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Bottom trawling endangers many species

Marine Protected Areas not safe

In Marine Protected Areas (MPAs), the marine environment should be under special protection. As a new study published today in the American journal Science shows, trawling is present in about 60% of EU MPAs, with sometimes significant negative impacts on the species living there. Researchers from Canada and GEOMAR Helmholtz Centre for Ocean Research Kiel have examined more than 700 MPAs in the Northeast Atlantic area.

About 45% of German and almost 30% of European territorial marine waters are designated as protected areas. This sounds reassuring, but does not mean that there is no use in these areas, such as fishing. For example, trawling fisheries are permitted in many of the so-called Marine Protected Areas (MPAs), with considerable negative effects, as a new study by German and Canadian scientists published today in the American journal Science. 

Researchers studied more than 700 MPAs in European Union waters around the British Isles, the North Sea, France and Spain (excluding the Mediterranean). Analysis of satellite data revealed that the trawl intensity in MPAs was on average 40% higher than outside protected areas. “We show that the number of different shark and ray species in areas with high trawling is up to 69% lower,” says Manuel Dureuil from Dalhousie University, lead author of the study. “Often this is caused by bottom trawling, which also can have negative effects on other organisms,” Dureuil continued.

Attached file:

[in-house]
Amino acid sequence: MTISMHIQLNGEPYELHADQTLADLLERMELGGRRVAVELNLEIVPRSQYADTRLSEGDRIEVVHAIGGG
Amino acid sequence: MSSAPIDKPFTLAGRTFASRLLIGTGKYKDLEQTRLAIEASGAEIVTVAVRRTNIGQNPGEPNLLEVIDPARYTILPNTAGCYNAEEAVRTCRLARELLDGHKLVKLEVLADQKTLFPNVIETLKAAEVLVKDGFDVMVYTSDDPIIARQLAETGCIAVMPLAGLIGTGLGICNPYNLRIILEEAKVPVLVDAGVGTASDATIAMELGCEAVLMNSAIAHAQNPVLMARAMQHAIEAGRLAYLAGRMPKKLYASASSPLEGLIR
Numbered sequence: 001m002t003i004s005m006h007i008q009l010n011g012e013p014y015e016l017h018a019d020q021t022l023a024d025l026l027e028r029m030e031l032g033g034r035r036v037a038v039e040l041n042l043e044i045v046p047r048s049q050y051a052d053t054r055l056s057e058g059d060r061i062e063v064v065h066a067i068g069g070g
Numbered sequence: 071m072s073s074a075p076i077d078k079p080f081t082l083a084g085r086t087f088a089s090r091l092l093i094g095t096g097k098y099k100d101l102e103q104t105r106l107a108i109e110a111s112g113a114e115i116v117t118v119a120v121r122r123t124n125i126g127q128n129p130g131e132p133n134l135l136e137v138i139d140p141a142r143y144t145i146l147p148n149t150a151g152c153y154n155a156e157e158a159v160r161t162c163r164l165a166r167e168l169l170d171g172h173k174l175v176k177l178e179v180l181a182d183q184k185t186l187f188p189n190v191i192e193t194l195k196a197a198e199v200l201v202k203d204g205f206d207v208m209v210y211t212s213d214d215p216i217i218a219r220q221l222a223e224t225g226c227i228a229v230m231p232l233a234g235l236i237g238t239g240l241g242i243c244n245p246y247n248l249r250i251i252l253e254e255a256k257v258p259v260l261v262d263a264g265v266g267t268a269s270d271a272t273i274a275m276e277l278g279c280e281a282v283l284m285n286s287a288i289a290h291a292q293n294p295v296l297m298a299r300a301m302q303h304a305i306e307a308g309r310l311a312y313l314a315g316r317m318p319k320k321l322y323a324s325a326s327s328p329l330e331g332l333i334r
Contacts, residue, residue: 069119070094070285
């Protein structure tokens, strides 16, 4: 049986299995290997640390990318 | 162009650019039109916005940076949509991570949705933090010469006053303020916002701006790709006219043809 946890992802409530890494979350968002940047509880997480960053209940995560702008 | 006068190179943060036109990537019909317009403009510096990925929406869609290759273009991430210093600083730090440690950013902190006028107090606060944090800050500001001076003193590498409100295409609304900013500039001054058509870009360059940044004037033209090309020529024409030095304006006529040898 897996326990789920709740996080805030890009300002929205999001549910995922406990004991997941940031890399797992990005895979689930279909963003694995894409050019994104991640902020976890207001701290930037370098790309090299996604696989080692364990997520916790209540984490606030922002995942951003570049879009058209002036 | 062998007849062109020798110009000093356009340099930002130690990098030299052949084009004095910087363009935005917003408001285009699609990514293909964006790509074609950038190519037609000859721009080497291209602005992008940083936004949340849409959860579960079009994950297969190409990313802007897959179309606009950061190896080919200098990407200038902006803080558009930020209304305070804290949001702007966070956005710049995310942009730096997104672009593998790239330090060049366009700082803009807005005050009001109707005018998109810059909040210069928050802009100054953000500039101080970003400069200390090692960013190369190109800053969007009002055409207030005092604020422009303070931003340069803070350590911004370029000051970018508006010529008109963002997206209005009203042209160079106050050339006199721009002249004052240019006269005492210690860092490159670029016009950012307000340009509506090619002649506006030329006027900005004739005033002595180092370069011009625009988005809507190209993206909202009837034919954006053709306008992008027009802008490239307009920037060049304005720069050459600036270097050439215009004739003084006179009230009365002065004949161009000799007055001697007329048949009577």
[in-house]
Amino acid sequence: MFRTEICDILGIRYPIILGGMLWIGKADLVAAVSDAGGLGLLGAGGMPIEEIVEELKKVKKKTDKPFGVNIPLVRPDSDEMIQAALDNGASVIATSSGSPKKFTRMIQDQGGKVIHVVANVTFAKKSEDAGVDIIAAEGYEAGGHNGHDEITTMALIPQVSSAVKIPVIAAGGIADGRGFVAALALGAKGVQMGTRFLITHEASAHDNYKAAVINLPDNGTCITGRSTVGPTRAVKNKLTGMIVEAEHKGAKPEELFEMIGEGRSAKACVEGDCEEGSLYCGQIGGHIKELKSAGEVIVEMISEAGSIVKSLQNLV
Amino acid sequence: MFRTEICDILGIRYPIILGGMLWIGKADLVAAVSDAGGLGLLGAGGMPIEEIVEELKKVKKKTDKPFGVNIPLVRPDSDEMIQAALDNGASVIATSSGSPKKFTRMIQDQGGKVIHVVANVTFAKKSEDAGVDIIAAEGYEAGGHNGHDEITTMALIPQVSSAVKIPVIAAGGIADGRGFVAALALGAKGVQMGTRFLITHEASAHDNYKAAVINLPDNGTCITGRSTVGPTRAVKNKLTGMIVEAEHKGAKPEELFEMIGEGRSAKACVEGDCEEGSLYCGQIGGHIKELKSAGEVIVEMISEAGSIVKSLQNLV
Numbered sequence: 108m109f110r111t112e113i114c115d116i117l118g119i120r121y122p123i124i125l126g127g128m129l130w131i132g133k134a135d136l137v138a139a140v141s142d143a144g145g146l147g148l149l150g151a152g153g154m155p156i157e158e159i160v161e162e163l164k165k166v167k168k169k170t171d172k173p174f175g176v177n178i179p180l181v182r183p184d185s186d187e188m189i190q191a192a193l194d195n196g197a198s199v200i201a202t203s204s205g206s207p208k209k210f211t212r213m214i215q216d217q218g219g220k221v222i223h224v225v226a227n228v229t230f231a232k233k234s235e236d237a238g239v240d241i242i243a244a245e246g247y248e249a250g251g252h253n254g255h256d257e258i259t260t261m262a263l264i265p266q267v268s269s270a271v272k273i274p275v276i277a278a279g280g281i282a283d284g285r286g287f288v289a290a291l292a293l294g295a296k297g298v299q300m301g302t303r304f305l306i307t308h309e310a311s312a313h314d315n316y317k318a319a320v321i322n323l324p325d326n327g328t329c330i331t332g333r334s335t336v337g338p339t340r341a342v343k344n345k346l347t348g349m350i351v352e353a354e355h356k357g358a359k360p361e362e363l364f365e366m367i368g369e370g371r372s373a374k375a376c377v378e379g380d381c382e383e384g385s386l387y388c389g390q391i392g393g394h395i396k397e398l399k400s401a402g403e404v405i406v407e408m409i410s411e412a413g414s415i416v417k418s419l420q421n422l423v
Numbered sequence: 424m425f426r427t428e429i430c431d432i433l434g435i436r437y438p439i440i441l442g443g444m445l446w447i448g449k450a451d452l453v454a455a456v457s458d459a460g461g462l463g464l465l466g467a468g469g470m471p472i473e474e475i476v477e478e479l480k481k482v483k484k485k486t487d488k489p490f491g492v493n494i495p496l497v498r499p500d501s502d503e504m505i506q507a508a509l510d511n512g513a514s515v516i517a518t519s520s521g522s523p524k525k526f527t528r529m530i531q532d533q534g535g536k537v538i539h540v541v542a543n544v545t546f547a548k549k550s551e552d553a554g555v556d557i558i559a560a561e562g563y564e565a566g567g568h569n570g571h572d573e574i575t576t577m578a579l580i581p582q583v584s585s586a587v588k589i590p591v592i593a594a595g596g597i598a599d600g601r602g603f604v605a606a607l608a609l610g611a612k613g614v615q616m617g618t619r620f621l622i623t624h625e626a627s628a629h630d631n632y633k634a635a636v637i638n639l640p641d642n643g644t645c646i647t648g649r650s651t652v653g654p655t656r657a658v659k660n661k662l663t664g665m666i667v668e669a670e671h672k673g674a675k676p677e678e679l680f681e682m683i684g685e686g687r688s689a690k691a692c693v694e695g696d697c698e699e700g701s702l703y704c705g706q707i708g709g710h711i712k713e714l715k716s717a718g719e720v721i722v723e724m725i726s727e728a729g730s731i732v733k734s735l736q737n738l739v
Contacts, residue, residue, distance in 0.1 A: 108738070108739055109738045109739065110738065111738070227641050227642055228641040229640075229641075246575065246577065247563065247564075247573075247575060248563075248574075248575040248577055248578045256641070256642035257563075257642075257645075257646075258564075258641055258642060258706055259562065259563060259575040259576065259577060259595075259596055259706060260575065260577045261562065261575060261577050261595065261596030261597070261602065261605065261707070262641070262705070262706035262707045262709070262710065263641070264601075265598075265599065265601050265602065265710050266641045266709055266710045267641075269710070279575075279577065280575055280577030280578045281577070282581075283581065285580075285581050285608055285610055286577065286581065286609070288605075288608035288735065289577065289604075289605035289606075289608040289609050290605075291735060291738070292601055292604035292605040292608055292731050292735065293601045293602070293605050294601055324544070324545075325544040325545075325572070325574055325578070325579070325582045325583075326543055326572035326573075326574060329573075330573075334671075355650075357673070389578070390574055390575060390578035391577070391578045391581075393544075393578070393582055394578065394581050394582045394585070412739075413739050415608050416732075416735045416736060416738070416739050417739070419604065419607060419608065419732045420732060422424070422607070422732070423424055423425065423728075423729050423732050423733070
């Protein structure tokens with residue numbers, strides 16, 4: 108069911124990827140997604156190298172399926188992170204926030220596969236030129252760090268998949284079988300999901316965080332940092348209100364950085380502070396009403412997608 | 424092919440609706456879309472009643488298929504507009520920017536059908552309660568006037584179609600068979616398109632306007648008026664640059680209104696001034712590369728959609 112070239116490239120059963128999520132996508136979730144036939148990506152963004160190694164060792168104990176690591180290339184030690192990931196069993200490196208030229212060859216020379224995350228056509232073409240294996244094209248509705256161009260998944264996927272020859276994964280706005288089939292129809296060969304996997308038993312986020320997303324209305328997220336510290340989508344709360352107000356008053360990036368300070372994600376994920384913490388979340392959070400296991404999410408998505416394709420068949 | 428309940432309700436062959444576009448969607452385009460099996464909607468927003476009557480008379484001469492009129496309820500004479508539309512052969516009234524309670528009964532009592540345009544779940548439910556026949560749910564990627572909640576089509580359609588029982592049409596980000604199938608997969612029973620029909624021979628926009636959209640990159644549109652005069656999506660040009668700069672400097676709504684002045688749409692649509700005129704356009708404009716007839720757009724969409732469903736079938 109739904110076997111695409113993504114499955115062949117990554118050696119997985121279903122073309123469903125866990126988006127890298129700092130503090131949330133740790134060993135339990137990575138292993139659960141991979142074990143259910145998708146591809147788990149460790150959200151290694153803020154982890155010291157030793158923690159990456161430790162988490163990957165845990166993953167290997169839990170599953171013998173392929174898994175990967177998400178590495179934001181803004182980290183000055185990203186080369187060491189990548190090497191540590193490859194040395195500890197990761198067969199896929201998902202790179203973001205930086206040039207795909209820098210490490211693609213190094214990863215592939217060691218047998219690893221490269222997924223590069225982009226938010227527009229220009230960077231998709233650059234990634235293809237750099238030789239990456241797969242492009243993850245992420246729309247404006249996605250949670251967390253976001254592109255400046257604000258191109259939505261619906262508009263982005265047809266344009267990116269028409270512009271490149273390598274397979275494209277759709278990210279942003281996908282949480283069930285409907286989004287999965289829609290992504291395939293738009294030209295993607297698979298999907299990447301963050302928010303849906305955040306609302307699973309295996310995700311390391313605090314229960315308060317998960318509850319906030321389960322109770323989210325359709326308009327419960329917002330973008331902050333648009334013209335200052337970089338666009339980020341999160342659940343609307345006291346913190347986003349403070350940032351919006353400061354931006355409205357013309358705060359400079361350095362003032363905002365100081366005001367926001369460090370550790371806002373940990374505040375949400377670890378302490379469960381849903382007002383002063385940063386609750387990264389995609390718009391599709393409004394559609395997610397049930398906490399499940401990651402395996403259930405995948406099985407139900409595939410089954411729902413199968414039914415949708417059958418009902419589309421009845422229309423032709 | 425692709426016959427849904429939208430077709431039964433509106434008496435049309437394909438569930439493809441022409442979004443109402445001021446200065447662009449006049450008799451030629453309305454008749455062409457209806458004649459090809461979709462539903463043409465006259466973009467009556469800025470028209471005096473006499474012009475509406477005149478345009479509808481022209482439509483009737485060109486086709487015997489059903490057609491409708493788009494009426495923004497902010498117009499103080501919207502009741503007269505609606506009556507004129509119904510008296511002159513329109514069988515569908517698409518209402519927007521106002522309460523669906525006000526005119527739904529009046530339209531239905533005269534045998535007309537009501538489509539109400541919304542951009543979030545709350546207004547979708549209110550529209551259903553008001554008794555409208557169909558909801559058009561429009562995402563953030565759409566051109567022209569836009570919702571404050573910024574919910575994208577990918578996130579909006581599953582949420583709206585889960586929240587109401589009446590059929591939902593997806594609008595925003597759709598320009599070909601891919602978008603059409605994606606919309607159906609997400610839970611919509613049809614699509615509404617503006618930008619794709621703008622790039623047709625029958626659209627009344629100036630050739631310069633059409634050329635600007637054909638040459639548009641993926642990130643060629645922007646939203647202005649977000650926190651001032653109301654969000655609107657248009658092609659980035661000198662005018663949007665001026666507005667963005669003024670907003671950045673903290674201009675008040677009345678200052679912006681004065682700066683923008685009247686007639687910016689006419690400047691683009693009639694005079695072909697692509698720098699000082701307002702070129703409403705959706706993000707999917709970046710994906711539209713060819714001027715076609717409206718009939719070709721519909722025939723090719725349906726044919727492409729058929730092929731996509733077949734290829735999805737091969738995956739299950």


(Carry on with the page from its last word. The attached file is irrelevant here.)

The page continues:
“Our study shows that due to bottom trawling Marine Protected Areas are not ‘safe havens’, but that endangered species are in some cases more threatened there than outside these areas,” Dr. Rainer Froese, co-author of the study from GEOMAR Helmholtz Centre for Ocean Research Kiel. “From our perspective protected areas deserve their name only, if bottom trawling is stopped,” continues Froese. In his view, there is no need to fish in MPAs. If fish stocks were managed sustainably, the stock sizes would grow and the permitted catches could easily be fished outside of MPAs, according to the fishery biologist from Kiel.

The scientists therefore demand that the minimum standards of MPAs be urgently improved. Politicians must agree on internationally comparable standards excluding bottom trawling and the management of MPAs needs to be strengthened and has to be made more transparent. Only in this way can MPAs be able to contribute in the long term to sustainable protection of the marine environment and endangered species.

  • Dureuil, M., K. Boerder, K. A. Burnett, R. Froese, and B. Worm, 2018: Elevated trawling inside protected areas undermines conservation outcomes in a global fishing hot spot. Science, DOI: 10.1126/science.aau0561

GEOMAR Helmholtz Centre for Ocean Research Kiel 2018 | Dalhousie University 2018

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